GDPR: Implications, Compliance & Opportunities for Marketing

On 28th September 2017, the techUK Marketing & Sales Group heard from three speakers about how GDPR will impact various aspects of marketing. Marketing Consultant, Ben Wheeler, was in the audience and summarises what he learnt below.

Readers of Insights will know that techUK regularly cover GDPR issues. Earlier in September, we looked at what employers need to know as well as what GDPR means for big data, analytics, the cloud and AI. This event ended a busy month by shining the spotlight on marketing.

The Lawyer’s Perspective - Gabriel Voisin, Bird and Bird

Gabriel started his session by addressing the financial and reputational costs behind a data breach, citing the example of Sony, and the fines that can be placed on organisations that break the data rules when sending marketing emails. The clear message was GDPR compliance will make sound financial sense.

Gabriel then explored what constitutes personal data. GDPR will require organisations to be aware of additional categories of data that apply - such as personal data now including location data, online identifiers such as device IDs, cookie IDs and IP addresses. Sensitive personal data will now include genetic and biometric data.

One of the main aspects of GDPR is that the rules surrounding consent to data being held will be stricter - and that organisations need to be aware of this. What’s more, organisations will bear the burden of proof - so they must keep good records that demonstrate who consented, when and what they were told at the time. Gabriel suggested that, where organisations could not be satisfied that existing consent was given in line with GDPR requirements and properly documented, then consent should be renewed. He suggested incentivising people to renew their consent.

Much consent-gathering currently takes place through email sign-up boxes. Gabriel used a visual to demonstrate that many of the typical broad brush ‘consent to everything’ approaches won’t work with GDPR.

See Bird & Bird's guide to the General Data Protection Regulation

The Compliance Perspective - Dave James, Ascentor

Making the point that cyber security and data protection go hand in hand, Dave started his session by quoting Elizabeth Denham, the UK Information Commissioner at the ICO. Speaking at the CBI Cyber Security Conference on 13th September 2017, she said: “Data security and data privacy have always been linked. Privacy depends on security. No obligation to provide privacy will be meaningful if the data to be protected are accessed or stolen by unauthorised third parties...”

Ascentor specialises in cyber security, so the key points made about GDPR compliance were based on good information risk management (IRM). Even before the advent of GDPR compliance, good information security should never have been an afterthought, but embedded at the outset of a project. Describing a Cyber Security 101, Dave explained how organisations should identify their information, locate it and protect it: “GDPR is for life not just for Christmas - you need good governance.”

Dave went on the describe Ascentor’s practical steps to achieve GDPR compliance, starting with identifying and locating data through a pragmatic data audit, with good practice examples from the ICO and the Direct Marketing Association (DMA). He also suggested a risk-based approach with a privacy impact assessment.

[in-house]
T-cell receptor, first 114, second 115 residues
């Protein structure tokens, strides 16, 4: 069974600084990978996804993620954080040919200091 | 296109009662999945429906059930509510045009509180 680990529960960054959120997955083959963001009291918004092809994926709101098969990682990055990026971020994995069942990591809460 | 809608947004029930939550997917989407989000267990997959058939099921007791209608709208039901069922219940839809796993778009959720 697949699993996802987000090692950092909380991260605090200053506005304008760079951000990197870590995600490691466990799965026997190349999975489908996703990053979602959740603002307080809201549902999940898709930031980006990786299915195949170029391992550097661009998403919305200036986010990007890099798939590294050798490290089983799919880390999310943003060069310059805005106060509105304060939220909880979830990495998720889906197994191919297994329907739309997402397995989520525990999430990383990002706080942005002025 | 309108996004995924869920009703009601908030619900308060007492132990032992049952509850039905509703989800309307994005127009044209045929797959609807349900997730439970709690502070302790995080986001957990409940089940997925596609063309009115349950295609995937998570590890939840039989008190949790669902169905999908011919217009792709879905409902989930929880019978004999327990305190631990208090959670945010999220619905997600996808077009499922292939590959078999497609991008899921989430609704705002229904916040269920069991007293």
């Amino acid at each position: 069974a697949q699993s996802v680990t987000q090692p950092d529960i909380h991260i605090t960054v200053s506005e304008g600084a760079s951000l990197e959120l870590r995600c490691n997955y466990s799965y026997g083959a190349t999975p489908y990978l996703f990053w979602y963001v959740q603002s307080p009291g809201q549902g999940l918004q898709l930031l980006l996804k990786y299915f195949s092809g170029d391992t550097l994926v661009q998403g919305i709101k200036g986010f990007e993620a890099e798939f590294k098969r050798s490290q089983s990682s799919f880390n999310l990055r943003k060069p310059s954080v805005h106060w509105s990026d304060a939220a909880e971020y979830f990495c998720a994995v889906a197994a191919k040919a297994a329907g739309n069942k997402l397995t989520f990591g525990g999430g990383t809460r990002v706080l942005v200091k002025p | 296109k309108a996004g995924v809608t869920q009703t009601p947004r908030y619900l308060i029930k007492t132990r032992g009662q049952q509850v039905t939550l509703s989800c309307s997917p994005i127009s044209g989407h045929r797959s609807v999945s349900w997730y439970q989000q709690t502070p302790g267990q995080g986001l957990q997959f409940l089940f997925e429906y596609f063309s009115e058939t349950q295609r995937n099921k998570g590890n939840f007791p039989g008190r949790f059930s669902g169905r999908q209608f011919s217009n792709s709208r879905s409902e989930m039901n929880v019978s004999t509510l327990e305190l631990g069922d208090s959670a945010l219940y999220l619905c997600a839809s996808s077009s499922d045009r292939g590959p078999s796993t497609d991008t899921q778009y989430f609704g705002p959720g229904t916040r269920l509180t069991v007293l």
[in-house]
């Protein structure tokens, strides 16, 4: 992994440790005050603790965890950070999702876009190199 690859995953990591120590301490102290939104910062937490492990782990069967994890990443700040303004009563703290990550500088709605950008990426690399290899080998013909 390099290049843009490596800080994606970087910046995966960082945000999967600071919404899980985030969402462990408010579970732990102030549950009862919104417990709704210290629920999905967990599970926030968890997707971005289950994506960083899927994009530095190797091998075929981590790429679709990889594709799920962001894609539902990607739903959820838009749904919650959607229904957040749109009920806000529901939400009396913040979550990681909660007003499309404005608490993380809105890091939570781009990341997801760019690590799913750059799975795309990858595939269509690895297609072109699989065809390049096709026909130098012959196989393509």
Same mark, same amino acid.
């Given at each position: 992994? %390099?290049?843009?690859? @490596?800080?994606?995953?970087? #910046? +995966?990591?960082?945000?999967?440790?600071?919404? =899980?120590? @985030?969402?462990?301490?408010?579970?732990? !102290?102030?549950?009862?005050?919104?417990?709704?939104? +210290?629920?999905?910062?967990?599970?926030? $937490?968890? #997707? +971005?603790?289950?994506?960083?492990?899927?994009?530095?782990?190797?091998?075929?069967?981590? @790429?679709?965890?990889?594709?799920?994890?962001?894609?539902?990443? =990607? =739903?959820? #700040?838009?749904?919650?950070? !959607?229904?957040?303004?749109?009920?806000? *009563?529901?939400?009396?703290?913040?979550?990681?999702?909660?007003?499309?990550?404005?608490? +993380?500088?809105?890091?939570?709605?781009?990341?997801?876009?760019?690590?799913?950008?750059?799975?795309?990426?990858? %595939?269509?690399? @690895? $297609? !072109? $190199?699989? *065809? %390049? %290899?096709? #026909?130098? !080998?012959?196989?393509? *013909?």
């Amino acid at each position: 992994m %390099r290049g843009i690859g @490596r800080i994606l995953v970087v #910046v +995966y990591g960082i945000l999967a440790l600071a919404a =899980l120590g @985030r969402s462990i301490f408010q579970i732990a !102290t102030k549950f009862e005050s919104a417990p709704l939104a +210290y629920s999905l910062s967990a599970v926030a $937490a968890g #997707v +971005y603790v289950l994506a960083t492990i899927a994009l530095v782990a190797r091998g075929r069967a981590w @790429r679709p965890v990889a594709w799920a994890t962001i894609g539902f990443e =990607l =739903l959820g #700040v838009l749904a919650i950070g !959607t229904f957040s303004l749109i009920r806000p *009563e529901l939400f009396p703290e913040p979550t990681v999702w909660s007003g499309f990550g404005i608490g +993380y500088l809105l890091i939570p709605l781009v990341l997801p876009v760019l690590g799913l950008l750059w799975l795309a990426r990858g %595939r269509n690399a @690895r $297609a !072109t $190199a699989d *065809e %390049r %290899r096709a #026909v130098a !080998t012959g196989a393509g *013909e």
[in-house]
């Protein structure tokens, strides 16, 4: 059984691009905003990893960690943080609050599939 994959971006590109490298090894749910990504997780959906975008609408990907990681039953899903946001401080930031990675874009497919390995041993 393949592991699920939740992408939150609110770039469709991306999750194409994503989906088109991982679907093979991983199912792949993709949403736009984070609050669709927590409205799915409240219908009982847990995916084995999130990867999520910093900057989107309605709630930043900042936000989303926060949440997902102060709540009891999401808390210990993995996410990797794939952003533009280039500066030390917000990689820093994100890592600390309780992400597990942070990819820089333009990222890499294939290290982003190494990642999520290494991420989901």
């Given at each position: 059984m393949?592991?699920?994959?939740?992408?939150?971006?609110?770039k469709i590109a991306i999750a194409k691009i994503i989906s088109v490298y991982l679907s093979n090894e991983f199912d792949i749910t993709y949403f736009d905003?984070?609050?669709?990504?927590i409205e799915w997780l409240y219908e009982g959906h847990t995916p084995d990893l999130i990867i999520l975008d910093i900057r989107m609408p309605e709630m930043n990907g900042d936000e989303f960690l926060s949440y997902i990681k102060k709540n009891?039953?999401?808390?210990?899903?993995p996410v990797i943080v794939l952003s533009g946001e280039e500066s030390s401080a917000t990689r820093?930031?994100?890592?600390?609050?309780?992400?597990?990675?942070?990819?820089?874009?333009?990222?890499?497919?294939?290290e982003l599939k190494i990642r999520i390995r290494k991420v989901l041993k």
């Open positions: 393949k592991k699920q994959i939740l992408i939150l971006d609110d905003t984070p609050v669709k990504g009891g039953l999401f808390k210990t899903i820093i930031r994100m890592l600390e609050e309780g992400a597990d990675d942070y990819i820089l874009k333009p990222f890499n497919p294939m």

The next step is to protect data and mitigate risk - with the Cyber Essentials Scheme a good starting place. Organisations should write meaningful and understandable policies (on topics such as Bring Your Own Device (BYOD)) and get buy-in. Finally, he suggested using information security frameworks such as IASME/ISO27001 and following them explicitly.

See Ascentor’s Ten Steps to GDPR - a Compliance Checklist

The Marketer’s Perspective - Dan Holt, BOSS Digital

Dan’s talk moved away from the legal and compliance areas and speculated on the potential shape of GDPR from a marketing perspective, and the opportunities it may create. Building trust between the public and organisations holding data was a major part of Dan’s talk.

He cited recent research from The Harris Poll showing that, after dishonesty or intentional wrongdoing, the next most damaging factors on consumer trust are data breaches or misuse of personal information - something that GDPR is designed to prevent. Dan said that GDPR matters because lost trust has profound implications for a company’s customer referral, conversion and retention rates - it affects the bottom line.

He drew the distinction between B2B and B2C marketing, explaining that the marketing implications of GDPR will be most profound for consumer marketing - to the individual. That’s because all users must have opted in for email and SMS before receiving any direct marketing. With B2B marketing, with some exceptions, cold email/SMS will generally be permitted without consent. Dan reinforced a point that sole traders must be regarded as consumers – an interesting curved ball for anyone thinking otherwise.

Dan felt GDPR would be a good opportunity for businesses to get their data in order - citing the examples of old databases and email lists stored on Mailchimp. He made the point that a cleaner database means higher levels of engagement and less wastage on ineffective advertising.

GDPR also offers an opportunity for differentiation. By taking the initiative with these strategies - or at the very least making it clear that you are embracing GDPR and operating legally and transparently - you are making an important statement to your customer, whether consumer or business.

See Boss Digital blog: GDPR: The potential marketing opportunities

 

Slides could be downloaded from the links below.

 

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